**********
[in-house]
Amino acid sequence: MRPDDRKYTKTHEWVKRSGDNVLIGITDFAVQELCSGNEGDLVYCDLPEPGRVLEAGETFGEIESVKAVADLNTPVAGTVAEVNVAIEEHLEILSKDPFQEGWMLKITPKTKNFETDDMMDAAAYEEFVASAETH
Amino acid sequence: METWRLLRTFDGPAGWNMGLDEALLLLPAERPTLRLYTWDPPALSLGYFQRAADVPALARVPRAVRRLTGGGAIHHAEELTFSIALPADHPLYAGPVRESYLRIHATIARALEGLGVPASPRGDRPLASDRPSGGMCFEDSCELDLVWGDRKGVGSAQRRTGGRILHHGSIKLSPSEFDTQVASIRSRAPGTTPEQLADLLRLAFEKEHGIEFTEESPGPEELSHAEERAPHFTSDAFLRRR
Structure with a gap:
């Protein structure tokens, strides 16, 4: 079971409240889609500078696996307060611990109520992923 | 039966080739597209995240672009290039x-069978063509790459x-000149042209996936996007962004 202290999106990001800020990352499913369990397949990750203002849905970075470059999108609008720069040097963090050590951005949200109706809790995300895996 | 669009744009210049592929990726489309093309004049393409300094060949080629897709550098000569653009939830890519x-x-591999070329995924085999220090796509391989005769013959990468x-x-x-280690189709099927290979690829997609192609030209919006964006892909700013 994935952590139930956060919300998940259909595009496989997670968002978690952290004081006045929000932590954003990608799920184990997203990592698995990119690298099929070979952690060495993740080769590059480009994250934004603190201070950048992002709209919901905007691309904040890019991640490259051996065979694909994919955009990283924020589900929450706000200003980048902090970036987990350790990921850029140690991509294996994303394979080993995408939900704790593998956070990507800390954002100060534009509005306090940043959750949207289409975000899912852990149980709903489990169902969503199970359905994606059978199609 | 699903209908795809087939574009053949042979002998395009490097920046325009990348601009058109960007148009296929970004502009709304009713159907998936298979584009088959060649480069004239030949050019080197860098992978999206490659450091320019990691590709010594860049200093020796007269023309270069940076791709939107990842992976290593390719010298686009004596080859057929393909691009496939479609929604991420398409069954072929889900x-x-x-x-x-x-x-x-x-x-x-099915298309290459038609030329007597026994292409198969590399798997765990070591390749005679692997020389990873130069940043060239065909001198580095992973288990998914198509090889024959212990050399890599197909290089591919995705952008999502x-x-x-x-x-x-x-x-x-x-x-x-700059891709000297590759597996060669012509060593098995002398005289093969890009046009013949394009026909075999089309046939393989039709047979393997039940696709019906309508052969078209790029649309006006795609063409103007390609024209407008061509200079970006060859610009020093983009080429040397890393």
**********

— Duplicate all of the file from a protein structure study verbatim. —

[in-house]
Amino acid sequence: MRPDDRKYTKTHEWVKRSGDNVLIGITDFAVQELCSGNEGDLVYCDLPEPGRVLEAGETFGEIESVKAVADLNTPVAGTVAEVNVAIEEHLEILSKDPFQEGWMLKITPKTKNFETDDMMDAAAYEEFVASAETH
Amino acid sequence: METWRLLRTFDGPAGWNMGLDEALLLLPAERPTLRLYTWDPPALSLGYFQRAADVPALARVPRAVRRLTGGGAIHHAEELTFSIALPADHPLYAGPVRESYLRIHATIARALEGLGVPASPRGDRPLASDRPSGGMCFEDSCELDLVWGDRKGVGSAQRRTGGRILHHGSIKLSPSEFDTQVASIRSRAPGTTPEQLADLLRLAFEKEHGIEFTEESPGPEELSHAEERAPHFTSDAFLRRR
Structure with a gap:
């Protein structure tokens, strides 16, 4: 079971409240889609500078696996307060611990109520992923 | 039966080739597209995240672009290039x-069978063509790459x-000149042209996936996007962004 202290999106990001800020990352499913369990397949990750203002849905970075470059999108609008720069040097963090050590951005949200109706809790995300895996 | 669009744009210049592929990726489309093309004049393409300094060949080629897709550098000569653009939830890519x-x-591999070329995924085999220090796509391989005769013959990468x-x-x-280690189709099927290979690829997609192609030209919006964006892909700013 994935952590139930956060919300998940259909595009496989997670968002978690952290004081006045929000932590954003990608799920184990997203990592698995990119690298099929070979952690060495993740080769590059480009994250934004603190201070950048992002709209919901905007691309904040890019991640490259051996065979694909994919955009990283924020589900929450706000200003980048902090970036987990350790990921850029140690991509294996994303394979080993995408939900704790593998956070990507800390954002100060534009509005306090940043959750949207289409975000899912852990149980709903489990169902969503199970359905994606059978199609 | 699903209908795809087939574009053949042979002998395009490097920046325009990348601009058109960007148009296929970004502009709304009713159907998936298979584009088959060649480069004239030949050019080197860098992978999206490659450091320019990691590709010594860049200093020796007269023309270069940076791709939107990842992976290593390719010298686009004596080859057929393909691009496939479609929604991420398409069954072929889900x-x-x-x-x-x-x-x-x-x-x-099915298309290459038609030329007597026994292409198969590399798997765990070591390749005679692997020389990873130069940043060239065909001198580095992973288990998914198509090889024959212990050399890599197909290089591919995705952008999502x-x-x-x-x-x-x-x-x-x-x-x-700059891709000297590759597996060669012509060593098995002398005289093969890009046009013949394009026909075999089309046939393989039709047979393997039940696709019906309508052969078209790029649309006006795609063409103007390609024209407008061509200079970006060859610009020093983009080429040397890393």